On September 30, 2015

This is an estate planning question that comes up a lot, particularly when people are intent on making sure their loved ones – and not creditors – get certain assets after they pass away. The short of it is that some debts will survive death and others won’t. In other words, survivors of a decedent can be on the hook for the repayment of certain debts, depending on the nature of the debt and the estate plan in place.

We’ll delve deeper into this answer below.

How & When Debt Survives Death

An experienced Denver estate & probate attorney discusses how and when debts survive death, meaning that surviving loved ones would be responsible for repayment.

An experienced Denver estate & probate attorney discusses how and when debts survive death, meaning that surviving loved ones would be responsible for repayment.

In theory, all debt survives death, as creditors who are owed money by a decedent can go after that person’s estate for collection. Depending on how the estate plan was set up, however, there may or may not be anything from which creditors can collect.

So, for instance, if someone set up an estate plan with various trusts and the majority of that person’s assets were used to fund the trusts, there may be very little left for creditors to try to go after.

If, however, the following situations arise, there will still be options for creditors to pursue the monies owed to them:

  • The debt is associated with a joint line of credit, and one party on the account is still alive – So, if a husband passes away, the surviving wife will still be on the hook for repaying the debt on joint lines of credit. She (and other surviving beneficiaries), however, will not be responsible for repaying unsecured credit lines only opened in the decedent’s name.
  • The debt is a secured debt – Secured debts like mortgages can leave beneficiaries on the hook for repayment or face losing the asset. This is a big consideration for people developing an estate plan, particularly if they do not want to burden certain beneficiaries with additional debt obligations.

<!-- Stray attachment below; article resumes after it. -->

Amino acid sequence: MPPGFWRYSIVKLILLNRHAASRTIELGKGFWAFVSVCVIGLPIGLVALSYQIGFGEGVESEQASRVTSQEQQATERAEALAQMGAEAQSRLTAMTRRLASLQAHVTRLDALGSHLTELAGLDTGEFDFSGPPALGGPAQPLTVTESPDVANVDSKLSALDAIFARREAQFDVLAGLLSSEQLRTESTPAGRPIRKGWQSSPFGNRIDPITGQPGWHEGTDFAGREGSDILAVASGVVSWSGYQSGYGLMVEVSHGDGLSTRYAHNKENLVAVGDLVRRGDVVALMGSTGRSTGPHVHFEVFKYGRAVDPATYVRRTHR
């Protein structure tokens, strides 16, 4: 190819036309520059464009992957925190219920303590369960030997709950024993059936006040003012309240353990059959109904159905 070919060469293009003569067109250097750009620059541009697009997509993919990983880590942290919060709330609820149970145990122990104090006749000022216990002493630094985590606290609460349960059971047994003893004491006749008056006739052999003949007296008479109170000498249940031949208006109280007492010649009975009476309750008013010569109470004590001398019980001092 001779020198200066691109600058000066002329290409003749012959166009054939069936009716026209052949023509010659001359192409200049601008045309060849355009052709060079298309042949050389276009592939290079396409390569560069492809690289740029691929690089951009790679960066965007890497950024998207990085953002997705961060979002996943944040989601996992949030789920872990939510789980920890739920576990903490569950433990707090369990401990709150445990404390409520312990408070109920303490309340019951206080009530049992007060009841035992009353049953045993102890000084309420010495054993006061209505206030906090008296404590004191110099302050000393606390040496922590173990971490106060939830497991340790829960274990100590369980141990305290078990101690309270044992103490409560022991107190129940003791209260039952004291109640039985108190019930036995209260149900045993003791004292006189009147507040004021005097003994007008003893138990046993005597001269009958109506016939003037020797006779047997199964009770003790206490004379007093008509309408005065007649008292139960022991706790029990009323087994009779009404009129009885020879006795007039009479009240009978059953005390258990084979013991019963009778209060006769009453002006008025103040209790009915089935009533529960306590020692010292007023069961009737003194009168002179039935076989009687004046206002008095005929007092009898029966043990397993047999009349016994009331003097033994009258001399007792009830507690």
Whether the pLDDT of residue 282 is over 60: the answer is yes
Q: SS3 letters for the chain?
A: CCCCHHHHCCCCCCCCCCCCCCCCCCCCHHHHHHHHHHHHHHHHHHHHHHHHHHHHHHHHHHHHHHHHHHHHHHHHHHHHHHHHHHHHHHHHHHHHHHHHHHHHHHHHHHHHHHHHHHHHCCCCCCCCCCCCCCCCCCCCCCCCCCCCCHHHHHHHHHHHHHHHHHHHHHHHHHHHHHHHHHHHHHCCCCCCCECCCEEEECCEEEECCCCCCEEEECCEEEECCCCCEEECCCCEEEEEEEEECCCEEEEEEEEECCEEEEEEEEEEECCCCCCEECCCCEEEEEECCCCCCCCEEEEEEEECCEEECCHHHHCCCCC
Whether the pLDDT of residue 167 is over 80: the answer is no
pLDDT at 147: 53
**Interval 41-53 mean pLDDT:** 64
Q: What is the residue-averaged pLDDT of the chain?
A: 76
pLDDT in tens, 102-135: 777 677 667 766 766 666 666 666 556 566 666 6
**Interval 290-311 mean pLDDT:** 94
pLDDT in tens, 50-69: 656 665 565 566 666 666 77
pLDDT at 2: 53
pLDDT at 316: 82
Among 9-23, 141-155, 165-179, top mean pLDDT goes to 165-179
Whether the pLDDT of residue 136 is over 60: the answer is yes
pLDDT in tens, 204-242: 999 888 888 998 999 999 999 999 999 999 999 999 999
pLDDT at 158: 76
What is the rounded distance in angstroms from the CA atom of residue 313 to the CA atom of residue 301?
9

A Word about Creditors’ Debt Claims

It’s important to note that death can bring legitimate – and non-legit – creditors out of the woodworks. In fact, even legitimate creditors may not have valid debt claims if the debt is old enough. So, the point here is that it’s important for personal representatives to carefully review each debt claim made against an estate before anything is paid out.

Denver Estate & Probate Attorney at JR Phillips & Associates, PC

For experienced help developing an estate plan or getting through probate in Colorado, contact a seasoned Denver estate & probate attorney at JR Phillips & Associates, PC. We provide a thoughtful, comprehensive approach to our clients’ estate planning, elder law and other legal needs, and we take pride in helping each of our clients and their families find the best solutions for them.

To discuss your best estate planning and/or probate options, let’s meet for an initial consultation. Schedule this meeting by calling us at (303) 741-2400 or emailing us using the contact form at the top of this page.

From our offices in Denver, we serve clients throughout the southwest and southeast Metro Area, including (but not limited to) people in Highlands Ranch, Littleton, Castle Rock, Parker, Aurora, Greenwood Village and Englewood.

Categories: Creditors and Probate, Probate